The German chancellor faces a general election in 2013 and regional votes ahead of that, so she is playing to a public that believes she has been soft with spendthrift euro nations
Hopes that Angela Merkel, Germany's "Iron Chancellor", will soften her stance on the euro this year are almost certain to be dashed because she will be preoccupied with shoring up her political standing at home. After all, most voters believe she isn't being tough enough.
Support for Mrs Merkel's centre-right coalition has fallen so sharply over the past year that she would no longer command a majority if a general election were held now, opinion polls show.
Luckily for her, she doesn't face one until 2013, but she must start winning back voters this year in a string of seven important regional elections that will effectively lock her government into campaigning mode and put meaningful EU reform on hold, until the end of September at the earliest.
She would be committing political suicide if she signed up to any EU measures this year that could be construed as increasing the burden of the debt crisis on German taxpayers.
This spells bad news for the troubled single currency. It effectively rules out that Mrs Merkel will agree to the closer fiscal integration that is essential to overcoming the basic design flaw of the euro - the lack of a pan-European fiscal policy.
Mrs Merkel has dismissed the idea of issuing common European bonds even though such a move is probably the only way to stop speculative attacks on the markets of ailing member states such as Portugal, which is widely believed to be the next high-debt country that will be forced to seek an EU bailout.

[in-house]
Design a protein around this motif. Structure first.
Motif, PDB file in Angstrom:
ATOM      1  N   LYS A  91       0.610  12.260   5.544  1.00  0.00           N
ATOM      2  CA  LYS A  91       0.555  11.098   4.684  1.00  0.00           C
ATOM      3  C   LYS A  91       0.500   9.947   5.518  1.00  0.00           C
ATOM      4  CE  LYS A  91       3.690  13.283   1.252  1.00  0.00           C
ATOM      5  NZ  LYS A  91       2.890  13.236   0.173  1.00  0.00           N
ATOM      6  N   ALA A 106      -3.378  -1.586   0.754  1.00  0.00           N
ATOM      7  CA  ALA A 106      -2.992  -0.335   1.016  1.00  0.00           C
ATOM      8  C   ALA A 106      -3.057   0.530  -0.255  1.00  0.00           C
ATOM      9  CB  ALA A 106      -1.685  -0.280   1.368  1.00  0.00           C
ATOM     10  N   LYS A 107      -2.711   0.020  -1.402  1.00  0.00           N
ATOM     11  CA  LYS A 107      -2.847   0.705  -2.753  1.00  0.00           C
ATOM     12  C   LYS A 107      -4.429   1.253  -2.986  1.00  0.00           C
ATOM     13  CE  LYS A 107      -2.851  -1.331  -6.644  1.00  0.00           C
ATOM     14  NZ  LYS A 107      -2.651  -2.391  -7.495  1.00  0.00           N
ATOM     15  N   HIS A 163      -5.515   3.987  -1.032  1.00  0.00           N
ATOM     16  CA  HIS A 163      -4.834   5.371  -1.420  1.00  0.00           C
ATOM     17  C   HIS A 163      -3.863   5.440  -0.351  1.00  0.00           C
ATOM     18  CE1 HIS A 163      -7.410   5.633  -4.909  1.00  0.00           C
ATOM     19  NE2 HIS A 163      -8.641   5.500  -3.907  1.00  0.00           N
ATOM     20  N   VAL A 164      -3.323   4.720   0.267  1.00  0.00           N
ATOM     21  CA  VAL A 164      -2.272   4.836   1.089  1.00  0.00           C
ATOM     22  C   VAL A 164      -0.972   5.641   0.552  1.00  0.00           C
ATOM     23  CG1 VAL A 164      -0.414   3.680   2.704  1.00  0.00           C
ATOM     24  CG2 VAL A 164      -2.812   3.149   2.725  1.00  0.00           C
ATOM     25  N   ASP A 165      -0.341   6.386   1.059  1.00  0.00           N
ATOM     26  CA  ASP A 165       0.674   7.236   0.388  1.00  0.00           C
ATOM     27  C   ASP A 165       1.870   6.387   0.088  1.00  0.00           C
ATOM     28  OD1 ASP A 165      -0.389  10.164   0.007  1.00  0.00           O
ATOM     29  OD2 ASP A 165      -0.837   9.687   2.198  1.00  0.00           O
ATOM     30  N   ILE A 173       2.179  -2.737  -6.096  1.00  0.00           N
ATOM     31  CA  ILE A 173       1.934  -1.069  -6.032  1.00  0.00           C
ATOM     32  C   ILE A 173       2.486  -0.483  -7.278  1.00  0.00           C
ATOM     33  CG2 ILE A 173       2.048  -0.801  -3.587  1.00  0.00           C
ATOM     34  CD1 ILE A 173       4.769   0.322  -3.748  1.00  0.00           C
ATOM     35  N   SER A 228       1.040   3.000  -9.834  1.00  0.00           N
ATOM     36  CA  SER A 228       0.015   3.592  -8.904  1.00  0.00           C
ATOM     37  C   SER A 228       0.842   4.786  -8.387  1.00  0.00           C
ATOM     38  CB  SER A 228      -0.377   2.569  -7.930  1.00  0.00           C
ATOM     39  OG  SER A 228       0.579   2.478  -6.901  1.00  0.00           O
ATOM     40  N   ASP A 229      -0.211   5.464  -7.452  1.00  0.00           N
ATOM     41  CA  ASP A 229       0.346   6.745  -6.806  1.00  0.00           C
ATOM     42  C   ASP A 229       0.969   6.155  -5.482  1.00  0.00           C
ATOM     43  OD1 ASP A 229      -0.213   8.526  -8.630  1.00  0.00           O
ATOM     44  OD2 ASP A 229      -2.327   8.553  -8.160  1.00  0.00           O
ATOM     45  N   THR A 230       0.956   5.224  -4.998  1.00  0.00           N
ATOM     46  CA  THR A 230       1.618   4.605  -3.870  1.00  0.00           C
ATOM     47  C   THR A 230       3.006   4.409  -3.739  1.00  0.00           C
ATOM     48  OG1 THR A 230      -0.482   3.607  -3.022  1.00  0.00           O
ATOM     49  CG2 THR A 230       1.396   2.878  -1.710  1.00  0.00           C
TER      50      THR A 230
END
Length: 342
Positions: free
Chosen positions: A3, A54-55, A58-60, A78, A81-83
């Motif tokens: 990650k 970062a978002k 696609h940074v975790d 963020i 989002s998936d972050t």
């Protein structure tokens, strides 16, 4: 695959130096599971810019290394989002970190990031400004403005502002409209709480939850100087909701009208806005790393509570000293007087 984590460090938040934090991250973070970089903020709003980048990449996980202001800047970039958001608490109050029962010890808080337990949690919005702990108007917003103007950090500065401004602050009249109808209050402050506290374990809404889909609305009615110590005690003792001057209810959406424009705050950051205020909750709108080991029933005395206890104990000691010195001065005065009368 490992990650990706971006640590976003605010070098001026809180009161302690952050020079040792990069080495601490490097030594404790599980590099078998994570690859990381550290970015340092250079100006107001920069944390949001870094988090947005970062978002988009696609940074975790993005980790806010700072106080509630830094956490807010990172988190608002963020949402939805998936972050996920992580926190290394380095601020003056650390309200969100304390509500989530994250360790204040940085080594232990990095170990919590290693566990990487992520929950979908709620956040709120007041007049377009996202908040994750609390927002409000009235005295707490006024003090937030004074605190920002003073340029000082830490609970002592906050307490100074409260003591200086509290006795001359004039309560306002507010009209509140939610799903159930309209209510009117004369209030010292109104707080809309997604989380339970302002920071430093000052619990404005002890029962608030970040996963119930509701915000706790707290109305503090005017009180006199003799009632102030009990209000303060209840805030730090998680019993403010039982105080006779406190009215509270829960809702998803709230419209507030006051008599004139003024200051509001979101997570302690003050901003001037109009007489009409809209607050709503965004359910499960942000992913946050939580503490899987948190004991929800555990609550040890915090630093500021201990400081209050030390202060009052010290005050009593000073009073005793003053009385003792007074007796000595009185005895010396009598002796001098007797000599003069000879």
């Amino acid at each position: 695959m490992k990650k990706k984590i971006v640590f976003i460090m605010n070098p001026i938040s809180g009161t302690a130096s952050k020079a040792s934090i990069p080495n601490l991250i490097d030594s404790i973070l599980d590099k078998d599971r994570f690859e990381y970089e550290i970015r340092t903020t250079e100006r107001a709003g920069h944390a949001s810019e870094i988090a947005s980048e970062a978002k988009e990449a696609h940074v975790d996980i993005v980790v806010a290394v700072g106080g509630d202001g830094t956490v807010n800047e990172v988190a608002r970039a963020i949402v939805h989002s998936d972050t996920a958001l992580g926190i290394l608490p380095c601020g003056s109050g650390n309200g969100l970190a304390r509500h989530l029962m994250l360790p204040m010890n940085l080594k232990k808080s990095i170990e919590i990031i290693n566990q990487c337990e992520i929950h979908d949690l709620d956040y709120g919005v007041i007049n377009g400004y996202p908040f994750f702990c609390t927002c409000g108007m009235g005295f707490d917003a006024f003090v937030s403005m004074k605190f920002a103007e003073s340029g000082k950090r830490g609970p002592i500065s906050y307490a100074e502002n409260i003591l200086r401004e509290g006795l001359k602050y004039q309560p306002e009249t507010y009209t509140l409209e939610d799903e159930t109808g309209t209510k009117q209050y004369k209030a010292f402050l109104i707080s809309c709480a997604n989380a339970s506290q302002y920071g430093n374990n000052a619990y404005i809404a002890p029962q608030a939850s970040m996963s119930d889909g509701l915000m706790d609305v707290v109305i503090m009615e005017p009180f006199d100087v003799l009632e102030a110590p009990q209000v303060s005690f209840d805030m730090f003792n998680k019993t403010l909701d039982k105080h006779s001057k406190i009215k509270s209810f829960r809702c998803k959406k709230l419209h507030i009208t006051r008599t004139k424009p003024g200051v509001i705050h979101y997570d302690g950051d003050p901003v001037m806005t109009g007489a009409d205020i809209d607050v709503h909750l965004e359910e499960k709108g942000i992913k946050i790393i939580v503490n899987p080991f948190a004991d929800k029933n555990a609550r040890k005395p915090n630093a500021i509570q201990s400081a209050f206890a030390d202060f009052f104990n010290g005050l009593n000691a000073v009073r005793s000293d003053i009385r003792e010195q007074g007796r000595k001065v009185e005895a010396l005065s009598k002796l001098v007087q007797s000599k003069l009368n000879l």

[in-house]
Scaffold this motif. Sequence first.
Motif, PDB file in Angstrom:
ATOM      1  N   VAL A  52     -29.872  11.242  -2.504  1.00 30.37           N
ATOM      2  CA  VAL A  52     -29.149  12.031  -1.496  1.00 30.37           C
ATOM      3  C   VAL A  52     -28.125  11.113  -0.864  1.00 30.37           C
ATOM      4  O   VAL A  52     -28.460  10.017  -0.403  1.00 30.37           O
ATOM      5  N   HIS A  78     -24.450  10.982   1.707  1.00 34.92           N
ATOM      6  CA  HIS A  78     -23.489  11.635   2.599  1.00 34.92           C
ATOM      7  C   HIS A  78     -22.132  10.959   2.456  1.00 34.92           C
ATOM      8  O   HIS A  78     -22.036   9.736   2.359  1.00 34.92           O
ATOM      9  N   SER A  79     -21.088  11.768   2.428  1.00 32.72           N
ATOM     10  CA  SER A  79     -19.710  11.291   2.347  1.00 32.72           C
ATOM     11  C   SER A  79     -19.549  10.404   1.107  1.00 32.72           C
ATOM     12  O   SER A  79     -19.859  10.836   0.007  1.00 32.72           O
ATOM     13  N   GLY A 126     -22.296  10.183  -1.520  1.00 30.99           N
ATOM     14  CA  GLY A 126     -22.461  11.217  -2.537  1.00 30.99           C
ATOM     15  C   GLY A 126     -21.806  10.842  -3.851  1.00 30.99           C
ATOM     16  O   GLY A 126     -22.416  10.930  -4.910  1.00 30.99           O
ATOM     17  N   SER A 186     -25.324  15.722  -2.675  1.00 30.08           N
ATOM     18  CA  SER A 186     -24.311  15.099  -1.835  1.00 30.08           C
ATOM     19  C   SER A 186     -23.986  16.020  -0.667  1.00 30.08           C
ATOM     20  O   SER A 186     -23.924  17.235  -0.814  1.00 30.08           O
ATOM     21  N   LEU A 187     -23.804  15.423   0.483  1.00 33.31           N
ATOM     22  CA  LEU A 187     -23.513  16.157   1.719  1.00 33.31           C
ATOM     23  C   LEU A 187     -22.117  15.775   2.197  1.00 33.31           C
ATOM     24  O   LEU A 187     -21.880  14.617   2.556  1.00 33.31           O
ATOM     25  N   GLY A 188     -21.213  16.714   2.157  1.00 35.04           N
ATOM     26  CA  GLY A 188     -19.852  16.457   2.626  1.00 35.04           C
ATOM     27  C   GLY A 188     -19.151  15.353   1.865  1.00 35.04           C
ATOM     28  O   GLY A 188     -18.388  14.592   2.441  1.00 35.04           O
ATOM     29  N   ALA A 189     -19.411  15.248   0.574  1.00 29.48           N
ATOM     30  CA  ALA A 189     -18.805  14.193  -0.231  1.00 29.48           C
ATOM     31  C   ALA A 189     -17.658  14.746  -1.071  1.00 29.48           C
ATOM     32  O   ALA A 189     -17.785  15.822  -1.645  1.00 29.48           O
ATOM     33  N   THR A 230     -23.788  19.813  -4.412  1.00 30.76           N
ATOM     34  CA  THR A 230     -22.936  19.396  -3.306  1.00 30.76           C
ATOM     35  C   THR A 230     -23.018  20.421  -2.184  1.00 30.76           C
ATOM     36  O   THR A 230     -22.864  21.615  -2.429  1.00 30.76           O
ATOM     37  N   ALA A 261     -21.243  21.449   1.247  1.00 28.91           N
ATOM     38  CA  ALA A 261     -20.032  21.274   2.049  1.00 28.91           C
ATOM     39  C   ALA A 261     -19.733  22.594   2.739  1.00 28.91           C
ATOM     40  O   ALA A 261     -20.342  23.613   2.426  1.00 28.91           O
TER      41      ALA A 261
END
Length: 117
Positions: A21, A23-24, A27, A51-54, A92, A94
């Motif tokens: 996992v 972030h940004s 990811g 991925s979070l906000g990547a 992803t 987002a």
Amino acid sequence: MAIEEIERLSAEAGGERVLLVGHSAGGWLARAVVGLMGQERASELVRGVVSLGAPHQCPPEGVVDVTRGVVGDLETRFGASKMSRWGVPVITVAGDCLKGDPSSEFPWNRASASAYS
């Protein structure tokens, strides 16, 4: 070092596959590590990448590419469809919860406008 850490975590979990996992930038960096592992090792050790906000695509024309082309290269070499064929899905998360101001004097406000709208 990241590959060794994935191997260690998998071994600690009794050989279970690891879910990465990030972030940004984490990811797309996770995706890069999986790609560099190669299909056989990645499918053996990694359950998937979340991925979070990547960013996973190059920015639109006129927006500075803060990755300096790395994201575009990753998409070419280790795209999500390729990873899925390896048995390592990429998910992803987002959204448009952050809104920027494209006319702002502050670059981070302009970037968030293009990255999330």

Mrs Merkel has argued that euro bonds would raise German borrowing costs, which are the lowest in the EU, and would allow countries to go on living above their means with her hard-working taxpayers footing the bill.
She has ignored valid arguments that euro bonds could work if limits were placed on their volume, and that a large, liquid euro-bond market almost as big as the US Treasury market could end up reducing borrowing costs for all, including Germany. Mrs Merkel, criticised around the continent for putting German national interests above Europe's common destiny, is under fire at home for having been too soft in signing up to the bailouts of Greece and Ireland and committing her country to the €750 billion (Dh3.61 trillion) EU and IMF rescue fund agreed on last May. Germany, on account of its size, has provided the largest single contribution to the bailouts and to the fund.
The most important of this year's regional elections, in the large, rich south-western state of Baden-Wurttemberg on March 27, could deal her a stinging blow if it doesn't go her way. The state, home to top companies including Daimler, is a bastion of her conservative Christian Democratic Union (CDU) party and has had CDU governors ever since 1953, but opinion polls suggest it could be lost to a centre-left alliance of Greens and Social Democrats.
Her party is widely expected to lose power in the northern city state of Hamburg and also faces difficult elections in the states of Rhineland-Palatinate, Saxony-Anhalt, Mecklenburg Western-Pomerania, Bremen and Berlin this year. The votes will determine the makeup of the upper house of parliament and could make it more difficult for her to get policy through the legislature.
Support for Mrs Merkel's centre-right coalition of conservatives and pro-business Free Democrats has slumped during the past year, largely because of her decision to extend the lifetimes of nuclear power stations and her handling of the debt crisis.
The slide in support is all the more alarming for Mrs Merkel because it coincides with the country's biggest economic boom since 1990, which has been fuelled by exports of cars and industrial goods to fast-growing emerging economies, especially China's.
Germans are brimming with confidence and are hailing their economy as a model for the rest of Europe. Most see the debt crisis as a symptom of reckless extravagance by the countries affected and regard themselves as victims of the single currency.
No one, including Mrs Merkel, has adequately explained to Germans that they owe much of their economic success to the currency stability and low interest rates the euro has provided since its creation in 1999.
Mrs Merkel knows she is more likely to win votes by railing against high-deficit nations rather than by trying to convince them that Germany is the biggest beneficiary of the euro, and stands to lose most if it collapses.